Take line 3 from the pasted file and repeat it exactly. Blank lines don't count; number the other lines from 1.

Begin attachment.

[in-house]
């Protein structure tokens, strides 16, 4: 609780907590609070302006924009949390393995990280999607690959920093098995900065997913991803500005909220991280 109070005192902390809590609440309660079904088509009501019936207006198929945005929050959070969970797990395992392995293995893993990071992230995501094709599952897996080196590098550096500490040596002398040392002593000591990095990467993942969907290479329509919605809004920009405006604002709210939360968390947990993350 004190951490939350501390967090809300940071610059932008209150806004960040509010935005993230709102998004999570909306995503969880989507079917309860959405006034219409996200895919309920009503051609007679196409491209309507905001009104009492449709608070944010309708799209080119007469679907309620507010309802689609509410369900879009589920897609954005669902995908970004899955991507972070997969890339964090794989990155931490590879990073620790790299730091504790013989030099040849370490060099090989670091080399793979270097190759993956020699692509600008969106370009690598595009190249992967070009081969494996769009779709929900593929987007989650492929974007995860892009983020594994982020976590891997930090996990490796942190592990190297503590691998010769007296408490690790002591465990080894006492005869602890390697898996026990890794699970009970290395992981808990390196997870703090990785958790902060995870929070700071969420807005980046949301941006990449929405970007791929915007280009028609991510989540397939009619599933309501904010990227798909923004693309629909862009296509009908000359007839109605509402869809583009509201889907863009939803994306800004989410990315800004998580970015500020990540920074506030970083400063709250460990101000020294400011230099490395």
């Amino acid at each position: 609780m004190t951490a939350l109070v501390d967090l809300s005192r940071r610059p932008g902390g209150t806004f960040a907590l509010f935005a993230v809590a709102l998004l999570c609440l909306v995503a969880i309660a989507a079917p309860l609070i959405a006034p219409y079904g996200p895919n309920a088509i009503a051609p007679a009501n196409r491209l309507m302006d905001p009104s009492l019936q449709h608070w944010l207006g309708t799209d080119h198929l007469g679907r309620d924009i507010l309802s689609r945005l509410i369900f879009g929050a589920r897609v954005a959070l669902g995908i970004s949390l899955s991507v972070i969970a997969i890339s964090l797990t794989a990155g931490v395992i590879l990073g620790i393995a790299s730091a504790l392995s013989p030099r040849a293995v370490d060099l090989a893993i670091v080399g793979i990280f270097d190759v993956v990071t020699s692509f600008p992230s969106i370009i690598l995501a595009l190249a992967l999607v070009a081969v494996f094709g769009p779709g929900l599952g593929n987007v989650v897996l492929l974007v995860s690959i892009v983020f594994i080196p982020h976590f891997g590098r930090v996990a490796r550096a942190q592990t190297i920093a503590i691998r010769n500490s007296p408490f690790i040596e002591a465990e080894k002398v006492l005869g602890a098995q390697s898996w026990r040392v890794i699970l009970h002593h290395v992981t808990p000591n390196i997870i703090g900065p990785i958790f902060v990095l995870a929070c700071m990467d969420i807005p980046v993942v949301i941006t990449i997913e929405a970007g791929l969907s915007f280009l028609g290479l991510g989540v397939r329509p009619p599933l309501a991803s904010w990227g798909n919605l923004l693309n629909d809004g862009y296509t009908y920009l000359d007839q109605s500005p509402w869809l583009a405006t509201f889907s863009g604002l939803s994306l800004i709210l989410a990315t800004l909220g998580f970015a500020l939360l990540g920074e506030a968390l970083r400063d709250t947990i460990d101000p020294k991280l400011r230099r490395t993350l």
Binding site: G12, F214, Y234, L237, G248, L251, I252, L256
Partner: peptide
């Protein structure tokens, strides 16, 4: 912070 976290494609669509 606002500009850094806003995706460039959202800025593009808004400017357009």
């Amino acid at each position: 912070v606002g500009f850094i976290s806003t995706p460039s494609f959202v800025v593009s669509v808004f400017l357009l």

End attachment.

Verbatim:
């Amino acid at each position: 609780m004190t951490a939350l109070v501390d967090l809300s005192r940071r610059p932008g902390g209150t806004f960040a907590l509010f935005a993230v809590a709102l998004l999570c609440l909306v995503a969880i309660a989507a079917p309860l609070i959405a006034p219409y079904g996200p895919n309920a088509i009503a051609p007679a009501n196409r491209l309507m302006d905001p009104s009492l019936q449709h608070w944010l207006g309708t799209d080119h198929l007469g679907r309620d924009i507010l309802s689609r945005l509410i369900f879009g929050a589920r897609v954005a959070l669902g995908i970004s949390l899955s991507v972070i969970a997969i890339s964090l797990t794989a990155g931490v395992i590879l990073g620790i393995a790299s730091a504790l392995s013989p030099r040849a293995v370490d060099l090989a893993i670091v080399g793979i990280f270097d190759v993956v990071t020699s692509f600008p992230s969106i370009i690598l995501a595009l190249a992967l999607v070009a081969v494996f094709g769009p779709g929900l599952g593929n987007v989650v897996l492929l974007v995860s690959i892009v983020f594994i080196p982020h976590f891997g590098r930090v996990a490796r550096a942190q592990t190297i920093a503590i691998r010769n500490s007296p408490f690790i040596e002591a465990e080894k002398v006492l005869g602890a098995q390697s898996w026990r040392v890794i699970l009970h002593h290395v992981t808990p000591n390196i997870i703090g900065p990785i958790f902060v990095l995870a929070c700071m990467d969420i807005p980046v993942v949301i941006t990449i997913e929405a970007g791929l969907s915007f280009l028609g290479l991510g989540v397939r329509p009619p599933l309501a991803s904010w990227g798909n919605l923004l693309n629909d809004g862009y296509t009908y920009l000359d007839q109605s500005p509402w869809l583009a405006t509201f889907s863009g604002l939803s994306l800004i709210l989410a990315t800004l909220g998580f970015a500020l939360l990540g920074e506030a968390l970083r400063d709250t947990i460990d101000p020294k991280l400011r230099r490395t993350l």